Police blamed for Ghana tragedy

ACCRA, Ghana — Police in Ghana are being blamed for Africa’s worst ever soccer disaster in which 126 fans died.

Survivors say they begged the police not to fire tear gas into the crowd but their pleas went unheeded.

“It was all the fault of the police,” said Ebenezer Nortey, an electrical technician recovering in hospital one day after the tragedy.

“We started begging the police not to fire any tear gas again. But they went ahead,” Nortey said.

Ghana’s government announced a three-day mourning period following the disaster in capital Accra at a packed soccer game between two of the nation’s top teams.

“But the stinging gas caused panic as fans charged towards the gates, crushing and suffocating many along the way.”

Police launched an internal probe into the incident on Thursday, in addition to a government investigation announced on Wednesday night.

“I can assure you that no officer will be shielded if found guilty of unprofessionalism,” police Inspector General Ernest Owusu Poku said.

President John Kufuor cancelled his engagements and summoned the Cabinet for an emergency session at which the three-day mourning period was agreed.

The government was also setting up a committee of religious leaders to console the bereaved families and a funeral committee to liaise with them about the burials.

President Kufour visited the military hospital and was reported to be “totally devastated.”

Relatives who gathered outside the morgue to identify loved ones shouted anti-police slogans.

Hometown team Accra Hearts of Oak was leading 2-1 against Asante Kotoko of Kumasi with five minutes left in the match when Asante supporters began throwing bottles and chairs onto the field at the 45,000-capacity Accra Stadium, witnesses said.

Police responded by firing tear gas, creating panic in the stands as spectators rushed to escape, but the main gate was locked, witnesses said.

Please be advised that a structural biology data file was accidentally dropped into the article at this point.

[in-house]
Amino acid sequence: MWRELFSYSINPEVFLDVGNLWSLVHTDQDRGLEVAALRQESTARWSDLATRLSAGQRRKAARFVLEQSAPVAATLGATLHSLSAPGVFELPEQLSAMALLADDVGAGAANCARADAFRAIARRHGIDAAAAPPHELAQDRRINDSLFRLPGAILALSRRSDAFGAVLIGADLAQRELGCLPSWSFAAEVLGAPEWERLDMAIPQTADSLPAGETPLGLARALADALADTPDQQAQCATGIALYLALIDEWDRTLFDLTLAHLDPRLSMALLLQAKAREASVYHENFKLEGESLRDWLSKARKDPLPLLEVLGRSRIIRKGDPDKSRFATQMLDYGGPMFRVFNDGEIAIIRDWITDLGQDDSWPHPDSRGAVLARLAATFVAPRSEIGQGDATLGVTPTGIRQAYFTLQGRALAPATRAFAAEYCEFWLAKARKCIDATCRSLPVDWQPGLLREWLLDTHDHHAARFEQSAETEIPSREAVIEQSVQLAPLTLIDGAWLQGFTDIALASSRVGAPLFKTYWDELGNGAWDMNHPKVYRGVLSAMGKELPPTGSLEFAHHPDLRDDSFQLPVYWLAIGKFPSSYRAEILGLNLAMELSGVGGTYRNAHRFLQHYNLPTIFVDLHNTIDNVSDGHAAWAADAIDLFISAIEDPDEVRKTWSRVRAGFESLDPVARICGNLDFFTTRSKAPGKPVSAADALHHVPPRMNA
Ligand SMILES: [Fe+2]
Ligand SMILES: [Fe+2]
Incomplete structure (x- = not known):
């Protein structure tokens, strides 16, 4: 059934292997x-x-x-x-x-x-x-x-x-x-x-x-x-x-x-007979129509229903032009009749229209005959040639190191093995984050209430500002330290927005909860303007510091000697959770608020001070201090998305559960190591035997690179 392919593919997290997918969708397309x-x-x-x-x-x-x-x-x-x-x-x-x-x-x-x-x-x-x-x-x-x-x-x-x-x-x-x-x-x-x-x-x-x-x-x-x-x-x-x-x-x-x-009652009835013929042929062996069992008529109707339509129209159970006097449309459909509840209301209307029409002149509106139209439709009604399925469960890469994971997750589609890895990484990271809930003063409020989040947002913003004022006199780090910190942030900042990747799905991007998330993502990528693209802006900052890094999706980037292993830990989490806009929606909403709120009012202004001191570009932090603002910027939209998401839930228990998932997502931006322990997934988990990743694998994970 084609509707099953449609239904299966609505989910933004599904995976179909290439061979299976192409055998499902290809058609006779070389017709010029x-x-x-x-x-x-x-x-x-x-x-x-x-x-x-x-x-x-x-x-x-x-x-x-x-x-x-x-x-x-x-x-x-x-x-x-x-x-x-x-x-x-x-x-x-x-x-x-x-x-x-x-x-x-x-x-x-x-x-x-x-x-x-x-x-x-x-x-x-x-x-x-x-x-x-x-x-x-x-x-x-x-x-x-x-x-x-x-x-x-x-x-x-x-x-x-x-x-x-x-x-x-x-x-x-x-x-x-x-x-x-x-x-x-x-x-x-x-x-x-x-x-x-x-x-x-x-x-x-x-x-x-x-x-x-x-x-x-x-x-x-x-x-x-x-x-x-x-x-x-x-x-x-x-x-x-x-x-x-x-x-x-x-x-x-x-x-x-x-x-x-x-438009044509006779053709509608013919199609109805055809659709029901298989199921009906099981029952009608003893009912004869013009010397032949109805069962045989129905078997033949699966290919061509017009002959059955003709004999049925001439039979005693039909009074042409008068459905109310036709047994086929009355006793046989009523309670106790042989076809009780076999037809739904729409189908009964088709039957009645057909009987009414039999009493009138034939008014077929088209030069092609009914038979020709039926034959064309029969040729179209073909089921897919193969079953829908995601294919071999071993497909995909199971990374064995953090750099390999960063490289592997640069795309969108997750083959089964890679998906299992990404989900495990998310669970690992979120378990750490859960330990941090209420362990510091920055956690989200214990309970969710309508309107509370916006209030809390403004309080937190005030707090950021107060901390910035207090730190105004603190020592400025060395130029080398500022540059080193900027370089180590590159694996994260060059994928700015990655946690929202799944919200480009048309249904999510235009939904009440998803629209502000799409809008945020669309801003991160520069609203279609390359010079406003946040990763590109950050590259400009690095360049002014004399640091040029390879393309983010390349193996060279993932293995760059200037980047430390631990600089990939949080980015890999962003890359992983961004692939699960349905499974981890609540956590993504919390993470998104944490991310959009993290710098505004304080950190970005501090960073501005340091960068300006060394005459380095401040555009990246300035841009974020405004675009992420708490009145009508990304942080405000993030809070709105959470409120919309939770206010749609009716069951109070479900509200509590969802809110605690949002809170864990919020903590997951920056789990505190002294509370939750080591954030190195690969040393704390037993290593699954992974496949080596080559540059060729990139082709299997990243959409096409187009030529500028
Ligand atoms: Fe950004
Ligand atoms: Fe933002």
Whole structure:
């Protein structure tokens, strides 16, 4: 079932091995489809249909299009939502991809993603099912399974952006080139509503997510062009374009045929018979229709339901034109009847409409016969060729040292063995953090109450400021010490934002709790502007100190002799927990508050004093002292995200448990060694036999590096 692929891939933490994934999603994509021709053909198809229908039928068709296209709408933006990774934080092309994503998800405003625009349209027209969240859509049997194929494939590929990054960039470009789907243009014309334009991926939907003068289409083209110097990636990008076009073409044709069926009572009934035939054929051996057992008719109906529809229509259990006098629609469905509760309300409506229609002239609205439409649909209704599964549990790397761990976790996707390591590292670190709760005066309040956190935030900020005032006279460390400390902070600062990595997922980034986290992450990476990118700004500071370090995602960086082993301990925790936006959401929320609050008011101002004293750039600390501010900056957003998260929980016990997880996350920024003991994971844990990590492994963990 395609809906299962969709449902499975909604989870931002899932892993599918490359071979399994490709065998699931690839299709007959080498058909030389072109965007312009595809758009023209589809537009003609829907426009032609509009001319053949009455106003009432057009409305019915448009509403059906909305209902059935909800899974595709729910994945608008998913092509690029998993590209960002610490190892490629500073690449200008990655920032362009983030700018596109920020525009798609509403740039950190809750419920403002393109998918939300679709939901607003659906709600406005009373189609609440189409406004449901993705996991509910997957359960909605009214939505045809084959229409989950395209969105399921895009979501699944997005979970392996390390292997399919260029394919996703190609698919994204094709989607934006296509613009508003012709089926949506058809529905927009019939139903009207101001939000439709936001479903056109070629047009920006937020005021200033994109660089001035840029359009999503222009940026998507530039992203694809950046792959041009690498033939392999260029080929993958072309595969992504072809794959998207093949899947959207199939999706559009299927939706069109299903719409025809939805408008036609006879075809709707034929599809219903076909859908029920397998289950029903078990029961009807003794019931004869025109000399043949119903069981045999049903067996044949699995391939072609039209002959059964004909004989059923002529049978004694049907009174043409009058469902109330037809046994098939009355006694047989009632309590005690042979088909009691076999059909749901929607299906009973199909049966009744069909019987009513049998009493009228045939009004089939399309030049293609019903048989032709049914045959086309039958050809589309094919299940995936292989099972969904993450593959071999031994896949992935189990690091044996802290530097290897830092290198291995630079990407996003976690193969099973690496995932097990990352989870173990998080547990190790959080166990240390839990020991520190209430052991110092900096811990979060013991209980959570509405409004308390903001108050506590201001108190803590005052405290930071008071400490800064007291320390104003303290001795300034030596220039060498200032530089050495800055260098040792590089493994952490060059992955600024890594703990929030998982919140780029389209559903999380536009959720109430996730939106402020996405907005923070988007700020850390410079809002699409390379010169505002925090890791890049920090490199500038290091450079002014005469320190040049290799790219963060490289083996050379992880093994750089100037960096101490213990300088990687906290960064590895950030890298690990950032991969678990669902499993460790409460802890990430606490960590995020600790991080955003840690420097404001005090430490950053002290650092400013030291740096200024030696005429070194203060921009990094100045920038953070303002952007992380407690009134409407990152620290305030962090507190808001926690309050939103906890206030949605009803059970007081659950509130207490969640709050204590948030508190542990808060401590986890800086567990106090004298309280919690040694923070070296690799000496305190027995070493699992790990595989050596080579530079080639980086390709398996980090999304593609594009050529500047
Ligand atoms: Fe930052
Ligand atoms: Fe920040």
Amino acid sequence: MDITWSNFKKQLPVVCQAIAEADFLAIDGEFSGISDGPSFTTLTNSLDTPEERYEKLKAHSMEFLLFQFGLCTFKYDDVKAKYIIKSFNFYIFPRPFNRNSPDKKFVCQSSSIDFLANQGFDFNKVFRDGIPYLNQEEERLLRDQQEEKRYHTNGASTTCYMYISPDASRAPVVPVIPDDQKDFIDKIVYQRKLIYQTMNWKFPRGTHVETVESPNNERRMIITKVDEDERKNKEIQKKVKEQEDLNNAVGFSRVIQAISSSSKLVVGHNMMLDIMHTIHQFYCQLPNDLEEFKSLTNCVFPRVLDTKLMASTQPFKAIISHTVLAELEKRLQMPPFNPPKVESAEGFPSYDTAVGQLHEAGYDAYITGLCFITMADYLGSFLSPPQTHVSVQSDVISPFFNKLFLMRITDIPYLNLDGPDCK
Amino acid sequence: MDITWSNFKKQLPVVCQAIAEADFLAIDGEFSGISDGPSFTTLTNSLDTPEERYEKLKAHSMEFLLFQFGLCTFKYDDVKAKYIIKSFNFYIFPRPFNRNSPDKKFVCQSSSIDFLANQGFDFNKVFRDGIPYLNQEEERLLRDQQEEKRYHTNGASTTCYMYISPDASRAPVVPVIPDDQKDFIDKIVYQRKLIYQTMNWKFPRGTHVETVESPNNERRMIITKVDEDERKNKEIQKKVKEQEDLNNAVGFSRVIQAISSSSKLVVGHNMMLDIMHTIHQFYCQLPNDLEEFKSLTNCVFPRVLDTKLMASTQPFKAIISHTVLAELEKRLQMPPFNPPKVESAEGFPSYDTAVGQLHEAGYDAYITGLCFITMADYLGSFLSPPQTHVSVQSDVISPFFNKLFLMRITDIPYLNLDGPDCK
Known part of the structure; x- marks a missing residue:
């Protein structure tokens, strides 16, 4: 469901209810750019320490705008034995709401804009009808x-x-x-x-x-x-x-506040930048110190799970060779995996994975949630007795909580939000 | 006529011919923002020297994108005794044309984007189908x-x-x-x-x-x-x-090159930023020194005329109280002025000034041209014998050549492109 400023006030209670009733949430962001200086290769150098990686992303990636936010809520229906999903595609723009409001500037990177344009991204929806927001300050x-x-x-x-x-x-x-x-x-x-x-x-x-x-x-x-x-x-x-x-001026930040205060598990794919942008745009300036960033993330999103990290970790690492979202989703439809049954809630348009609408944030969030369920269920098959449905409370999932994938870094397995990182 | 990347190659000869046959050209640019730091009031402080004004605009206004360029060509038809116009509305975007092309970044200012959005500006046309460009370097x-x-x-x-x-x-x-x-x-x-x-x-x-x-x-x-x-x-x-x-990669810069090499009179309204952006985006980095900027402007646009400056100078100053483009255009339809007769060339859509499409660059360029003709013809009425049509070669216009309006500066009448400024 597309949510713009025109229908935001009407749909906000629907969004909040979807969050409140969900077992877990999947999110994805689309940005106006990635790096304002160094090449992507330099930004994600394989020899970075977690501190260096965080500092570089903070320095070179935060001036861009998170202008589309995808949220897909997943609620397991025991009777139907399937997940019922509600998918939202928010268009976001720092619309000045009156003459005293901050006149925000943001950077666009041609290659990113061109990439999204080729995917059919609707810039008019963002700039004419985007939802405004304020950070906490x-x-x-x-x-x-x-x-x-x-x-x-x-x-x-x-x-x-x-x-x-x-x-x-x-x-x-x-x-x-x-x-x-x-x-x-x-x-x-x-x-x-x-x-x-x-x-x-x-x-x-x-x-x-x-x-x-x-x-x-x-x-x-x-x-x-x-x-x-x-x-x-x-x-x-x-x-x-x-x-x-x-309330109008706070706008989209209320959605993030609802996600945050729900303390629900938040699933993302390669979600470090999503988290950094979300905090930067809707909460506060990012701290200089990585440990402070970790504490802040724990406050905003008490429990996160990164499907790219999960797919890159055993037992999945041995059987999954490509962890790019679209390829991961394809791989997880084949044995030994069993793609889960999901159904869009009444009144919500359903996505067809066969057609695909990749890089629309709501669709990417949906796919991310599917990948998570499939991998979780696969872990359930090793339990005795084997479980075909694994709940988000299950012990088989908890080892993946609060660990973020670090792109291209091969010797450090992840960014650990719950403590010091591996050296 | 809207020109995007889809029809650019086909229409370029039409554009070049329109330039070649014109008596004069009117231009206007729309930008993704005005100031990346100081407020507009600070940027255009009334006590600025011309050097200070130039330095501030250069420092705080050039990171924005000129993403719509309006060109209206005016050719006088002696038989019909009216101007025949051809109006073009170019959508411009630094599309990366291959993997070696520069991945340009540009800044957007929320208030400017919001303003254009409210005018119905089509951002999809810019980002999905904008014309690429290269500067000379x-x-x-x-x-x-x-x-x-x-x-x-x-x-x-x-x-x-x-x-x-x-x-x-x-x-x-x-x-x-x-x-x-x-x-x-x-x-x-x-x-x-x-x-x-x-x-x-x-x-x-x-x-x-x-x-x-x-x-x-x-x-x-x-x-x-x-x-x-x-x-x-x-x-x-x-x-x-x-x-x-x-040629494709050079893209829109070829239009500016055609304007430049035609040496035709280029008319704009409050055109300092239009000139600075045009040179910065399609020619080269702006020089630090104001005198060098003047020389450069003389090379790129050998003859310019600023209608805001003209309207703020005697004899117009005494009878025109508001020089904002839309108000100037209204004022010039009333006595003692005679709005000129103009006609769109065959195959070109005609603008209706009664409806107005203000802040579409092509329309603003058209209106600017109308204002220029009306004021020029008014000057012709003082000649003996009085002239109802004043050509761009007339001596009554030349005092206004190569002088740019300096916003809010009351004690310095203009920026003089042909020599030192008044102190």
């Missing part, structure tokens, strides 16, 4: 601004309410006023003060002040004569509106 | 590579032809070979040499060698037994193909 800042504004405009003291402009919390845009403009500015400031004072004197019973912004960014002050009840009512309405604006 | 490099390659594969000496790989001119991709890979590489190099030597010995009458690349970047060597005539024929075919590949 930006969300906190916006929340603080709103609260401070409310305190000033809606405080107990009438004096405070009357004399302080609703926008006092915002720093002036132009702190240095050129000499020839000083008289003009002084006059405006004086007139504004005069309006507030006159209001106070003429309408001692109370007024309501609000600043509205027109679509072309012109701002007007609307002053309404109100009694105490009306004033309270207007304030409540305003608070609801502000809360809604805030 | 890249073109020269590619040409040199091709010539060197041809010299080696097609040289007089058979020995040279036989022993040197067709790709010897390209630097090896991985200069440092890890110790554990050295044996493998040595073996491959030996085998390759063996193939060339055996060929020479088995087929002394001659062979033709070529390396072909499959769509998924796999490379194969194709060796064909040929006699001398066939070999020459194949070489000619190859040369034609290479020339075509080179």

Hearts of Oak captain Jacob Nettey apologised to the West African nation and expressed condolences to the victims’ families.

“I am shocked and terrified at the heavy casualty toll from what simply started as unruly behaviour from a handful of people,” Nettey said. He blamed police, who he said overreacted to the situation.

The king of the influential Ashanti tribe, Otumfuo Osei-Tutu, visited the injured and donated 20 million cedis ($2,800) to the military hospital to care for the victims.

Osei-Tutu, patron of the Asante Kotoko club, said: “I am touched my the tragic news. Football is supposed to entertain people, but what happened last night has been horrific.”

Ghana’s football federation has indefinitely postponed all premier league matches.

This was the fourth soccer disaster in Africa during the past month. Forty-three people were killed April 11 at a stadium in Johannesburg, South Africa.

Another stampede April 29 killed eight people in Lubumbashi, Congo. And on May 6, fighting broke out among fans at a soccer match in Ivory Coast, killing one person and injuring 39.

Africa hopes to host the 2010 World Cup — the world’s biggest sporting event after the Olympic Games — despite widespread concerns about stadium safety.

South Africa lost out by one vote to host the 2006 World Cup, which was awarded to Germany by soccer’s Swiss-based world governing body, FIFA.

FIFA Spokesman Andreas Herren said the disaster should not rule the continent out as a candidate to host the 2010 World Cup.

“The fact that there has been a rise in such disasters in Africa is of course a cause for concern,” he said, speaking in Zurich, Switzerland.

“But that doesn’t mean Africa won’t be considered. In the meantime, we should have the decency to let Ghana bury its dead.”


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